sautéed mushrooms

If you love this fungus fresh, you'll never stop sauteing them once you start. Sauteing mushrooms is easy, and well worth the time put into them (it doesn't take too
long). They're a delicious accompaniment to an entrée, tossed with a salad, added to a soup or sauce, or savored one by one purely by itself.

How do you like your mushrooms?

sautéed mushrooms

2 Tablespoons olive oil
1 large shallot, chopped
2 cloves garlic, minced
a few fresh thyme sprigs, chopped
1 pound crimini/babybella mushrooms, sliced

In a hot pan, add the olive oil (you don't want to oil to cook for a long time). Immediately after, add the shallot, garlic and thyme.

Let these ingredients sweat for a few minutes, then add the mushrooms.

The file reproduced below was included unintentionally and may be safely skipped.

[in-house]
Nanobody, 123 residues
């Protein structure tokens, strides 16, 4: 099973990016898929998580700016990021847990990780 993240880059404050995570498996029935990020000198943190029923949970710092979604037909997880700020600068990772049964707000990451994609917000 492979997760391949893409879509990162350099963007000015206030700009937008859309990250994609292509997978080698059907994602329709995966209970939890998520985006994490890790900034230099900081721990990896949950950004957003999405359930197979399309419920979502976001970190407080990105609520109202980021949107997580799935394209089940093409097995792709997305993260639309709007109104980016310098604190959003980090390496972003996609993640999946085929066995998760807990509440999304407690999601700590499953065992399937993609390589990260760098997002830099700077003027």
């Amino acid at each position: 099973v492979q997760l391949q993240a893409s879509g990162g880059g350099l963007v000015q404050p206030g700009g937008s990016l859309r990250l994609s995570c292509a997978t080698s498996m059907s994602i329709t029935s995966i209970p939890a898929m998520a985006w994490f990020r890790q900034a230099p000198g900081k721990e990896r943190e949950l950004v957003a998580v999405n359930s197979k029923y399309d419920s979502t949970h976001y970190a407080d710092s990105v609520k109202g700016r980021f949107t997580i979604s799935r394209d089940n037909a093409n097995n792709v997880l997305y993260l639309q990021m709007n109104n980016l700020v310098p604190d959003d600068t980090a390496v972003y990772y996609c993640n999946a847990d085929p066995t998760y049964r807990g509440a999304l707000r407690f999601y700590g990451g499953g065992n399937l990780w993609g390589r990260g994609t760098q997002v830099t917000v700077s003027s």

Cook on medium-low heat until mushrooms are soft, and much darker in color; about fifteen minutes.

most all kinds of mushroom are delicious sautéed, but i love crimini because of their bold flavor.

a few fungus facts and websites :)

...the crimini mushroom is simply an immature portabello mushroom.
...mushrooms are low in calories, have no cholesterol and are virtually free of fat and sodium.
...mushrooms contain many essential minerals one of which is selenium, which works with Vitamin E to produce antioxidants that neutralize "free radicals" which can cause cell damage.
...while mushrooms are canned, pickled and frozen, drying mushrooms is the oldest and most commonly used way to preserve mushrooms.
...one portabella mushroom generally has more potassium than a banana.

food timeline's mushroom history

the american mushroom institute
the mushroom council

bon appétit.


1 comment:

Heather said...

These look amazing! I'm going to make them for sure! Thanks!